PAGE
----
In the loop model, we observed a nearly linear relationship between pressure and flow with the smaller tubes. However, the pressure drop was small, indicating that the pump is able to move great amounts of fluid. Interestingly, no pressure drop occurred with a flow of up to 10 L/min when using bigger tubes, probably because the back-flow along the tube wall at zero flow was disturbed with the increasing flow.
For a pump placed in the aorta, it is important that it is able to receive large volumes with a minimal pressure drop, otherwise it could act as an obstruction at low revolutions per minute. Systole occupies one third of the total heart cycle in a healthy person. With a cardiac output of 5 L/min, this value would correspond to a continuous flow rate of approximately 15 L/min, dropping to 5–10 L in heart failure. 13
In a recent study with a series of calves in which the pump was positioned in the descending aorta, there was a significant pressure drop proximal to the propeller and a more pronounced increase in the distal pressure. In all animals, a pressure gradient across the pump was measurable at a rotational speed above 6,000 rpm (right femoral pressure minus right carotid pressure). 14 This demonstrates that the pump does not obstruct the flow in vivo in the aorta, even at a low rotational speed.
What is the minimal pressure gradient that could be of clinical value? Experience with drug induced afterload reduction in patients with left ventricular failure tells us that even a small reduction in the arterial pressure has a beneficial effect on cardiac performance. Increased cardiac output is commonly found with a pressure reduction of 5 mm Hg. 15–17 However, a pharmacologically induced afterload reduction is often limited by hypotension causing peripheral hypoperfusion. The consequences of hypotension are multiorgan failure, including renal dysfunction and bowel ischemia. 18–20 The catheter pump might achieve a favorable proximal pressure reduction, and at the same time maintain or increase peripheral perfusion. A pressure gradient of 10 mm or more, therefore, is probably clinically relevant in addition to pharmacologic treatment.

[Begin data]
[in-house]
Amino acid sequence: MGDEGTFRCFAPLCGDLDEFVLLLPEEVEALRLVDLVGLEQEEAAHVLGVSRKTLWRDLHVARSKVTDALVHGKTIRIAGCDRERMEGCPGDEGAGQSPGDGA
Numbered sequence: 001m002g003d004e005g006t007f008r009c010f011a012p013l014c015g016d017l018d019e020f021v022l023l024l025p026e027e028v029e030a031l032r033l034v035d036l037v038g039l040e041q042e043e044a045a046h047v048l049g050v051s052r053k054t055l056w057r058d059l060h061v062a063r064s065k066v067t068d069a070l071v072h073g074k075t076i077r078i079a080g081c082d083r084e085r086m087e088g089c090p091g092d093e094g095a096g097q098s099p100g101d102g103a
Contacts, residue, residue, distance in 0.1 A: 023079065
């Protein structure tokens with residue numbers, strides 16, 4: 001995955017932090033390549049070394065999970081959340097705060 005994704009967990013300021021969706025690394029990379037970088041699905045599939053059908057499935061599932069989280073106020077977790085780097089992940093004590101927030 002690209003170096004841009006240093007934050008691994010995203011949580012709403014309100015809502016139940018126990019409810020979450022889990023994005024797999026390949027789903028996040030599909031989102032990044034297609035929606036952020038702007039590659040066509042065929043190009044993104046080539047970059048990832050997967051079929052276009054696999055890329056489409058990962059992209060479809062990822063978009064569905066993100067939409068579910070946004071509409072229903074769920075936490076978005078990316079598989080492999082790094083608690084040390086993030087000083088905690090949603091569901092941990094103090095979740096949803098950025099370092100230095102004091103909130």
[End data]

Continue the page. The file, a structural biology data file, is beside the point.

With the intra aortic balloon pump, which is also placed in the descending aorta, ventricular systolic pressure drops between 2 and 10 mm Hg have been reported when tests are done in a state of a regular cardiac rhythm, either sinus or paced. 21,22 In atrial fibrillation, however, the systolic unloading will vary and be reduced because of the variable filling of the left ventricle and the filling of the IABP itself. 23 In contrast to the IABP, the present pump is not triggered by the heart and works independent of the cardiac cycle and, therefore, will probably not be influenced by cardiac arrhythmia to the same extent. Distal to the present pump, we have always observed an increased pressure, whereas some reports show that the IABP may sometimes reduce the pressure in the lower part of the body as well as reduce renal flow. 24,25
Long-term tests of hemolysis (24 hour) have been performed in calves with earlier prototypes of the pump as well as with the present one. They have shown that the pump caused hemolysis up to 1,000 mg of hemoglobin per liter of plasma at rotational speeds of up to 14,000 rpm over a period of 24 hours. However, ongoing tests with a new propeller design indicate that the hemolysis rate can be markedly reduced, in addition to improved efficacy of the propeller. Therefore, we expect that the number of revolutions chosen in this study can be used clinically with an acceptable degree of hemolysis.
During the development of the pump, different bearings at the tip have been tested because of problems with heat generation and fibrin formation. After a change of bearings, the problem with both heat generation and thrombus formation seems to be solved. When the final design has been decided upon, more extensive testing of biocompatibility will be performed.
In conclusion, the initial experience with this new, propeller driven intra-aortic axial flow pump shows promise. Our results demonstrate that the catheter pump has hydrodynamic properties that might allow for its use as a circulatory support device in a clinical setting.